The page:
I think we agree that $8mm/year is a reasonable RFA floor for Hayward. We saw way too many average wing players sign for something similar this offseason. Which begs the question, if $8mm/year is the floor, why sign a deal averaging $9.5mm/year now if he has potential to earn $12mm-$15mm year on a 5 year contract if he waits until after the season?

I am curious by what you mean that 2014 free agency will be different from anything we’ve experienced?

Dan: I just think we’ve never seen the confluence of market factors we’ll have next year. Potential free agents include LeBron, Kobe, Melo, Tim, Dwyane, Dirk, Granger and Gay, and joining our guys in the potential RFA class are Paul George, Greg Monroe, Eric Bledsoe, DeMarcus Cousins. As much as half the league has the opportunity to create a near-max salary cap slot, but at the same time the repeater tax kicks in and revenue sharing will have fully kicked in, changing the way big & small market teams spend.

I don’t have any idea how the market will shake out next year; nobody does. So an agent telling his client to pass on, say, 4/38M guaranteed could wind up looking awfully smart… or the bottom could fall out. That’s why I think measuring guaranteed money now against a hypothetical floor in one of the most unprecedentedly weird markets is dangerous for the players; just as measuring against a hypothetical ceiling is usually bad practice for teams.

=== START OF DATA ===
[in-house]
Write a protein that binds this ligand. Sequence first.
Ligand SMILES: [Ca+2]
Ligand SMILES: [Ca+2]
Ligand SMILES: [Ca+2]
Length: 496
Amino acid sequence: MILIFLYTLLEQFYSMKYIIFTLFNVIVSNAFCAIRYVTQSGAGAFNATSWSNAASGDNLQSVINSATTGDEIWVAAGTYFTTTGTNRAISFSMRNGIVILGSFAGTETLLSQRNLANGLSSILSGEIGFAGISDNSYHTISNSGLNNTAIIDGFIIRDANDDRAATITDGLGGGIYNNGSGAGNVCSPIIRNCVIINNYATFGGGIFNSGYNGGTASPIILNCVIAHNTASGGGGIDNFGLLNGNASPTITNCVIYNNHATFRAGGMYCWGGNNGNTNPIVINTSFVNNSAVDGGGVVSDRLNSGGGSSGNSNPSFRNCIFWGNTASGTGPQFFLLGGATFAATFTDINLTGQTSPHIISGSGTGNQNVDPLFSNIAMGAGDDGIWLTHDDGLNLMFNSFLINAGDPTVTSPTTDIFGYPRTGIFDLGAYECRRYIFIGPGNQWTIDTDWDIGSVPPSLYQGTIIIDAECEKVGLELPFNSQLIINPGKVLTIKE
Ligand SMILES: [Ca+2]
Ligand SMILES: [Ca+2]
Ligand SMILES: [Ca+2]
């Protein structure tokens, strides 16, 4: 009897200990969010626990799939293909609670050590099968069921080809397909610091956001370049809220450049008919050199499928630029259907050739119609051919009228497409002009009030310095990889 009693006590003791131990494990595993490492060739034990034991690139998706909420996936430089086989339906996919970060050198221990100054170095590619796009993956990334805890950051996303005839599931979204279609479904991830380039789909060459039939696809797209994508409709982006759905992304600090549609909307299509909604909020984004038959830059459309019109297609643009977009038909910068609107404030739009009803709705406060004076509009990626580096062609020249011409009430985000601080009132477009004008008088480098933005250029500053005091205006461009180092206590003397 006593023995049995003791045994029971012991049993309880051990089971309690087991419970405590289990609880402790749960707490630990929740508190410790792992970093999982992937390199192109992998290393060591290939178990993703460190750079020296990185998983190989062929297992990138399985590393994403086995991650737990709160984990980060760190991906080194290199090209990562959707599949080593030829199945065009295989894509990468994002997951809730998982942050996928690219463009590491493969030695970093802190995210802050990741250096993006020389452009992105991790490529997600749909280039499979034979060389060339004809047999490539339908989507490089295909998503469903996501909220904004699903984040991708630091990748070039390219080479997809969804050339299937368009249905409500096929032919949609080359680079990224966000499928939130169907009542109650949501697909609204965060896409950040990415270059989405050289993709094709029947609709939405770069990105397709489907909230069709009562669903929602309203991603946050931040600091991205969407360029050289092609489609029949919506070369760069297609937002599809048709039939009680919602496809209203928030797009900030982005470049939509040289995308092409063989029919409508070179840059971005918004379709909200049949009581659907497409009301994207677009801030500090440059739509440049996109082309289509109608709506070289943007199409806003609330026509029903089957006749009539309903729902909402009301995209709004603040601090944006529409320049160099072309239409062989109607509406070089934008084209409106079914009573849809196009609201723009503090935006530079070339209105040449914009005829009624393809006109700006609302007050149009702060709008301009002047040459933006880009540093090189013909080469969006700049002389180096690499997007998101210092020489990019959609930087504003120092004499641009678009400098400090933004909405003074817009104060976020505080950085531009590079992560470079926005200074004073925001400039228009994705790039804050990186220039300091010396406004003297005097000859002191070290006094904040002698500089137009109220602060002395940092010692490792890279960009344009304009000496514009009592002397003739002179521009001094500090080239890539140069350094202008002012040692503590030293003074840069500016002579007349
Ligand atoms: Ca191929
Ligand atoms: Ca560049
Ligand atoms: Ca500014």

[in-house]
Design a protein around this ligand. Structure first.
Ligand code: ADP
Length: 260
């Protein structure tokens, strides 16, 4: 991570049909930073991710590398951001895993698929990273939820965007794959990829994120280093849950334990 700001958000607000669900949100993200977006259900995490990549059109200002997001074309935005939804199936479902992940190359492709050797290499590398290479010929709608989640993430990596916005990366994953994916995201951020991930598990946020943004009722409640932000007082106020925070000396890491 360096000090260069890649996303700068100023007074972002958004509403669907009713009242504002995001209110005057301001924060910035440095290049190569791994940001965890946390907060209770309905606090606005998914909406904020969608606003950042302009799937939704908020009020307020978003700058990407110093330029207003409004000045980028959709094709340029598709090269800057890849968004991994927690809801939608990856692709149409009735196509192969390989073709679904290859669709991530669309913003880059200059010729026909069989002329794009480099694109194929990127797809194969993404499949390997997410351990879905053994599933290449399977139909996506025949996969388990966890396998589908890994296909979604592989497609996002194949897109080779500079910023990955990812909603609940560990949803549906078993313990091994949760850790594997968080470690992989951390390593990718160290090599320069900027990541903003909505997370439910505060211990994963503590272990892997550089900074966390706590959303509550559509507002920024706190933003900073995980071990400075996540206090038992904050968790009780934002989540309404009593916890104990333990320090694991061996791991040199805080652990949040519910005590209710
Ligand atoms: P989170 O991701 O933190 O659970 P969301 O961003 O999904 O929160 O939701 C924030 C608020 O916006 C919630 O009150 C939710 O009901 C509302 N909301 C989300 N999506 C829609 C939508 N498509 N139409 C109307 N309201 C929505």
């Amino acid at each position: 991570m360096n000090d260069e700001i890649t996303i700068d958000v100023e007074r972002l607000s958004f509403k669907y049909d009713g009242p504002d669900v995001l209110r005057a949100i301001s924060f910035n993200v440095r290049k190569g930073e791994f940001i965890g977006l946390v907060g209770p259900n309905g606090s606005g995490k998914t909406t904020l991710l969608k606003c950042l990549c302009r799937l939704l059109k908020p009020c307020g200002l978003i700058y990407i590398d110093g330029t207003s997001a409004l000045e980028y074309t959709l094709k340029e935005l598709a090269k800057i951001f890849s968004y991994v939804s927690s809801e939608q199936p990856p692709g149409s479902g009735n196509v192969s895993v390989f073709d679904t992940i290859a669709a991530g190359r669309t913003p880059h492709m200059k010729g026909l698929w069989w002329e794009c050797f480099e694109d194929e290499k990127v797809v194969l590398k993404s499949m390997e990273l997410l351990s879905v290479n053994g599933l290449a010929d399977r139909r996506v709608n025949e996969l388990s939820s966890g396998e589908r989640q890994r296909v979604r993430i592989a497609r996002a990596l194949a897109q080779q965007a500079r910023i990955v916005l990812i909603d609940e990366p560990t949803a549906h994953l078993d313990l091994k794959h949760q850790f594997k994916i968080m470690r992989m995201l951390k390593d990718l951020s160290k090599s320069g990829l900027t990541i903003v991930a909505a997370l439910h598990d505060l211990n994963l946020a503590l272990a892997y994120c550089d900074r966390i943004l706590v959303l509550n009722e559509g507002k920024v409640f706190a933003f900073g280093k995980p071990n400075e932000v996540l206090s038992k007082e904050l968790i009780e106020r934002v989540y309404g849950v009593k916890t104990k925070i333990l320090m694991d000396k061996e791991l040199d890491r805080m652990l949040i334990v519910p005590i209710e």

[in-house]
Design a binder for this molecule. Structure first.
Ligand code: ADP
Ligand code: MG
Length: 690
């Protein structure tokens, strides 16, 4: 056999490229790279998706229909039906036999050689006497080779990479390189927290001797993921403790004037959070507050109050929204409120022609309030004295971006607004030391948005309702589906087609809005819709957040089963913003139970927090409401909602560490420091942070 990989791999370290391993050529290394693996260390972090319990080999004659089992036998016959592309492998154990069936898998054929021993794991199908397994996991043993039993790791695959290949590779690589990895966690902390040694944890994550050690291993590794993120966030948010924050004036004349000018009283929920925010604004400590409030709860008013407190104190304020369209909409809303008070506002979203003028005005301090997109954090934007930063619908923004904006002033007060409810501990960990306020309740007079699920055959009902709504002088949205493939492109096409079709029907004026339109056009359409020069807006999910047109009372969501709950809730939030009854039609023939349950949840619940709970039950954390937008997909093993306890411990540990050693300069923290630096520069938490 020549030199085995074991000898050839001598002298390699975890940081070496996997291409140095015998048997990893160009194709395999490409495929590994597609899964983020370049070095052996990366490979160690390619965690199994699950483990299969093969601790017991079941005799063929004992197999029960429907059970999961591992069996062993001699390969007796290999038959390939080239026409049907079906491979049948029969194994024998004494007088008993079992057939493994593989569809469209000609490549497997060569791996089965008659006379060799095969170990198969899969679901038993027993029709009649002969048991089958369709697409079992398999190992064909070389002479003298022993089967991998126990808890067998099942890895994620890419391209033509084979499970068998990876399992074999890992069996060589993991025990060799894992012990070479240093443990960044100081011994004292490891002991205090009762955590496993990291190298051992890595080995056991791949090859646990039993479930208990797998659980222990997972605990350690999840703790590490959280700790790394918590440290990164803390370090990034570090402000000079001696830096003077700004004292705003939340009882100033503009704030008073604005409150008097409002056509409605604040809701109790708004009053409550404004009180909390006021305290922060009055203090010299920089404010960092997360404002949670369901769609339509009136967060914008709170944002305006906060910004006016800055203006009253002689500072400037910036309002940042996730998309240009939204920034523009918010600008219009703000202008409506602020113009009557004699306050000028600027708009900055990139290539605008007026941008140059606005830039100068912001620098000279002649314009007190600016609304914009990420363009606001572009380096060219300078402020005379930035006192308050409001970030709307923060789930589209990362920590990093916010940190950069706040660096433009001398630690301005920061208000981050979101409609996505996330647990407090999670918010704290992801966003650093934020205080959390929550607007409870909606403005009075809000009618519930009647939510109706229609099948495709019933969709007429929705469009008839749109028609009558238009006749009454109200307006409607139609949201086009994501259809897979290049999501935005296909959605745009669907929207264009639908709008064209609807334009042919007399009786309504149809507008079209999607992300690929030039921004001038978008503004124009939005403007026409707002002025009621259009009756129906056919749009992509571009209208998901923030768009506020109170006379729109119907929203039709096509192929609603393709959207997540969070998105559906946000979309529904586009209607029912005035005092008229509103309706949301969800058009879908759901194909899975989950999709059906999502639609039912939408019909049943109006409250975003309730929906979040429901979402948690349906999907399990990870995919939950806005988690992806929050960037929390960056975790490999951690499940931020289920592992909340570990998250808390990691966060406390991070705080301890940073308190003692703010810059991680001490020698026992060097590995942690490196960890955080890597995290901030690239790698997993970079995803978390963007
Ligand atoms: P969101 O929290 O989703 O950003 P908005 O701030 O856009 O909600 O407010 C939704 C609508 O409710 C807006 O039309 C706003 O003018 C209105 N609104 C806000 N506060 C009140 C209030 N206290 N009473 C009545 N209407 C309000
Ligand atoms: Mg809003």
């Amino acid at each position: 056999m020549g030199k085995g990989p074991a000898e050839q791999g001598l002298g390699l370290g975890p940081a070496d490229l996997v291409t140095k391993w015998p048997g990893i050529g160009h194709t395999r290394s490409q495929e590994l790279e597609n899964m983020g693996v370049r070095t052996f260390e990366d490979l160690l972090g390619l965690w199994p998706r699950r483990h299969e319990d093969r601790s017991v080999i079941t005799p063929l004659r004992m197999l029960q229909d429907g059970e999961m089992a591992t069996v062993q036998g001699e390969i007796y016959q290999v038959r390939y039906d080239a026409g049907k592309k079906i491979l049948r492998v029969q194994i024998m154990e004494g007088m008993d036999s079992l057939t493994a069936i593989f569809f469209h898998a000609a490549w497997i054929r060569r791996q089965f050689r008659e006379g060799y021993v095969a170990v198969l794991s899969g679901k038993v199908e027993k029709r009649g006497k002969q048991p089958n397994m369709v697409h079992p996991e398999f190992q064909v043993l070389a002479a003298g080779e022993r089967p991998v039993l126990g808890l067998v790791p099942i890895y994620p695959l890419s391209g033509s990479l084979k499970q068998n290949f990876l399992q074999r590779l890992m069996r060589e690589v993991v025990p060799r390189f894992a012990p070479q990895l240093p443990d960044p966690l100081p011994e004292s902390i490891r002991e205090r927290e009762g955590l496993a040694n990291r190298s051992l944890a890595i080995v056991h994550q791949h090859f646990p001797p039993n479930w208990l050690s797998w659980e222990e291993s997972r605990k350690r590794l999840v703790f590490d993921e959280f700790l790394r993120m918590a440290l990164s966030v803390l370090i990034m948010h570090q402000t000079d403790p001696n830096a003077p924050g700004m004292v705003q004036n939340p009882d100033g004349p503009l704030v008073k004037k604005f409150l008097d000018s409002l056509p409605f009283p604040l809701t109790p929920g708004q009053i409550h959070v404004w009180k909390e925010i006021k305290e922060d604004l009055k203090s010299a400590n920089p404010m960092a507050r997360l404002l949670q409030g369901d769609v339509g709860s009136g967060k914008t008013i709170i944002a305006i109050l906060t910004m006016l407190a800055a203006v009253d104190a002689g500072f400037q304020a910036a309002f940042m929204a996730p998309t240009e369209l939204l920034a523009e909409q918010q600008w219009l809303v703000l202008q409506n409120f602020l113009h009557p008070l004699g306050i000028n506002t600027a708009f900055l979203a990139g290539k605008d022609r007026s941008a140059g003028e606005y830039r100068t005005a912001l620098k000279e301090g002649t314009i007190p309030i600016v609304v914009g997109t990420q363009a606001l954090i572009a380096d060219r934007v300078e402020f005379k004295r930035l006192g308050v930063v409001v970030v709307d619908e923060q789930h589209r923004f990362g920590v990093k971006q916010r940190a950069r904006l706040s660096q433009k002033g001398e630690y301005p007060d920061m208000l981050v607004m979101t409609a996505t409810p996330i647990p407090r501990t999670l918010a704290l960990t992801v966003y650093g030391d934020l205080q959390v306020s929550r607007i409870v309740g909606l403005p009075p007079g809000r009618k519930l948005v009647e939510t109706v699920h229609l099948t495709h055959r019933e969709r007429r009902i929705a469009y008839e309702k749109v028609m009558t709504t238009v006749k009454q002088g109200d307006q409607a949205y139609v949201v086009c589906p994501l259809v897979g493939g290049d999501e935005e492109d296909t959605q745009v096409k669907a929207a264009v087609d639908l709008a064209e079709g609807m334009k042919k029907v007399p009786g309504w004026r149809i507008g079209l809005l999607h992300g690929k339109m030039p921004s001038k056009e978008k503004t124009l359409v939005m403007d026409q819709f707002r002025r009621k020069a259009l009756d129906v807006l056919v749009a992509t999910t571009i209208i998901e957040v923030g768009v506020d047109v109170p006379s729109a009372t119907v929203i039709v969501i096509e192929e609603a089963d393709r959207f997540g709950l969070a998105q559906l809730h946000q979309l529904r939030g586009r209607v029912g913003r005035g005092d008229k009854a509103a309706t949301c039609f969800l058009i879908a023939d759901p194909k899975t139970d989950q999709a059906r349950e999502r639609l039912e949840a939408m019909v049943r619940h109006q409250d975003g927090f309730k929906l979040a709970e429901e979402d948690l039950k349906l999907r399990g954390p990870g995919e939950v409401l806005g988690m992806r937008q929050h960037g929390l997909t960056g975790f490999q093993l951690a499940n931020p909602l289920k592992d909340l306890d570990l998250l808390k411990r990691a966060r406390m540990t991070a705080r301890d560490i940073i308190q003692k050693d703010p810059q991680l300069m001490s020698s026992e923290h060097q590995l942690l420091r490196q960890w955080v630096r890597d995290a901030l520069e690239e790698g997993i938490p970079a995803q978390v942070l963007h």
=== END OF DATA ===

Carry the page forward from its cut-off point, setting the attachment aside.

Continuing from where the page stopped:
Let’s say the agents show up with the script you just provided around per-minute numbers and favorable comps, and the Jazz show up expecting a discount for rolling the dice and giving the players the security now without seeing them as alpha dogs first. How likely is it that the parties can’t bridge the gap at all and wind up waiting until next summer just as a result of a negotiating impasse?

Peter: I think there is a very small chance that a Favors deal gets done. As a big man there will almost always be money for him, thus unless the Jazz want to break the bank now (and I don’t think they necessarily should), I’d give it only a 10% chance that he signs. Hayward is probably closer to 30-40%. He has more room to get exposed if he isn’t able to play as efficiently in his new #1 role.

Dan: I think you’re underestimating the motivation to forego restricted free agency based on how hard it is to get paid as RFA. Tiago Splitter – a pretty good comp for present-day Favors, actually – got 4/36M. Jeff Teague, a promising young point guard, got 4/32M. Nik Pekovic was one of the game’s most efficient centers last year and he’s not even signed yet. And all three of those guys were ESPN top 16 free agents; in next year’s star-studded class, neither Favors nor Hayward figures to be ranked that high.

Let’s not forget the ceiling, either. It’s hard for a 22-year-old kid to turn down, for example, $40 million guaranteed for the possibility of Ibaka money or the dream (because, frankly, it’s a dream) of Hibbert money. In other words, I think there’s a middle ground here and I’d put the odds a bit higher than 10-40% for either guy.

We'll know in a month. How they look in pre-season should give all parties a much better feel for what they want to settle at.
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Old 09-30-2013, 01:54 AM   #416
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Default Re: The sure to be epic 2013 Jazz off-season!

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Originally Posted by El Kabong